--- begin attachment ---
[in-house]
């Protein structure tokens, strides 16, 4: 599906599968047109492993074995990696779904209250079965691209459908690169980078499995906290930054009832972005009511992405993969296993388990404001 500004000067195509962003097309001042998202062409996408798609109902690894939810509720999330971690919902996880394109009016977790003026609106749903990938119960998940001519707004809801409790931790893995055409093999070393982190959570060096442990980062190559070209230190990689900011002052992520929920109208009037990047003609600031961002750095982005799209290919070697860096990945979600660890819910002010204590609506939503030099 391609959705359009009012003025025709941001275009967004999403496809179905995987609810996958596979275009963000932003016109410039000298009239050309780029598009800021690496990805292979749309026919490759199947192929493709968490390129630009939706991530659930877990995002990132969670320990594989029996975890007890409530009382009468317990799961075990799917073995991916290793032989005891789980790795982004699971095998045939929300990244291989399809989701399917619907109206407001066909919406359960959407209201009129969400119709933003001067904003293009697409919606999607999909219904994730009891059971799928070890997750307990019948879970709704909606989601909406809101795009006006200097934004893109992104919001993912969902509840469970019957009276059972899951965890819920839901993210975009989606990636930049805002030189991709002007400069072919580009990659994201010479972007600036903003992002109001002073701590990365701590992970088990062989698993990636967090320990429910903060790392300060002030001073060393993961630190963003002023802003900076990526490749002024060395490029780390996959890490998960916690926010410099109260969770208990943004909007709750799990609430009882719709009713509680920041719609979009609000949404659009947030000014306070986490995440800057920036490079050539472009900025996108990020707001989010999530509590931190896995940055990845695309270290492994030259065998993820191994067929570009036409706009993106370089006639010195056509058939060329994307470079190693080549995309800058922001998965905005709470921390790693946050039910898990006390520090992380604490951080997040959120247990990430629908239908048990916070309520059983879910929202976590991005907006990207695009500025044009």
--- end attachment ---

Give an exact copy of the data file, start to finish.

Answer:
[in-house]
């Protein structure tokens, strides 16, 4: 599906599968047109492993074995990696779904209250079965691209459908690169980078499995906290930054009832972005009511992405993969296993388990404001 500004000067195509962003097309001042998202062409996408798609109902690894939810509720999330971690919902996880394109009016977790003026609106749903990938119960998940001519707004809801409790931790893995055409093999070393982190959570060096442990980062190559070209230190990689900011002052992520929920109208009037990047003609600031961002750095982005799209290919070697860096990945979600660890819910002010204590609506939503030099 391609959705359009009012003025025709941001275009967004999403496809179905995987609810996958596979275009963000932003016109410039000298009239050309780029598009800021690496990805292979749309026919490759199947192929493709968490390129630009939706991530659930877990995002990132969670320990594989029996975890007890409530009382009468317990799961075990799917073995991916290793032989005891789980790795982004699971095998045939929300990244291989399809989701399917619907109206407001066909919406359960959407209201009129969400119709933003001067904003293009697409919606999607999909219904994730009891059971799928070890997750307990019948879970709704909606989601909406809101795009006006200097934004893109992104919001993912969902509840469970019957009276059972899951965890819920839901993210975009989606990636930049805002030189991709002007400069072919580009990659994201010479972007600036903003992002109001002073701590990365701590992970088990062989698993990636967090320990429910903060790392300060002030001073060393993961630190963003002023802003900076990526490749002024060395490029780390996959890490998960916690926010410099109260969770208990943004909007709750799990609430009882719709009713509680920041719609979009609000949404659009947030000014306070986490995440800057920036490079050539472009900025996108990020707001989010999530509590931190896995940055990845695309270290492994030259065998993820191994067929570009036409706009993106370089006639010195056509058939060329994307470079190693080549995309800058922001998965905005709470921390790693946050039910898990006390520090992380604490951080997040959120247990990430629908239908048990916070309520059983879910929202976590991005907006990207695009500025044009």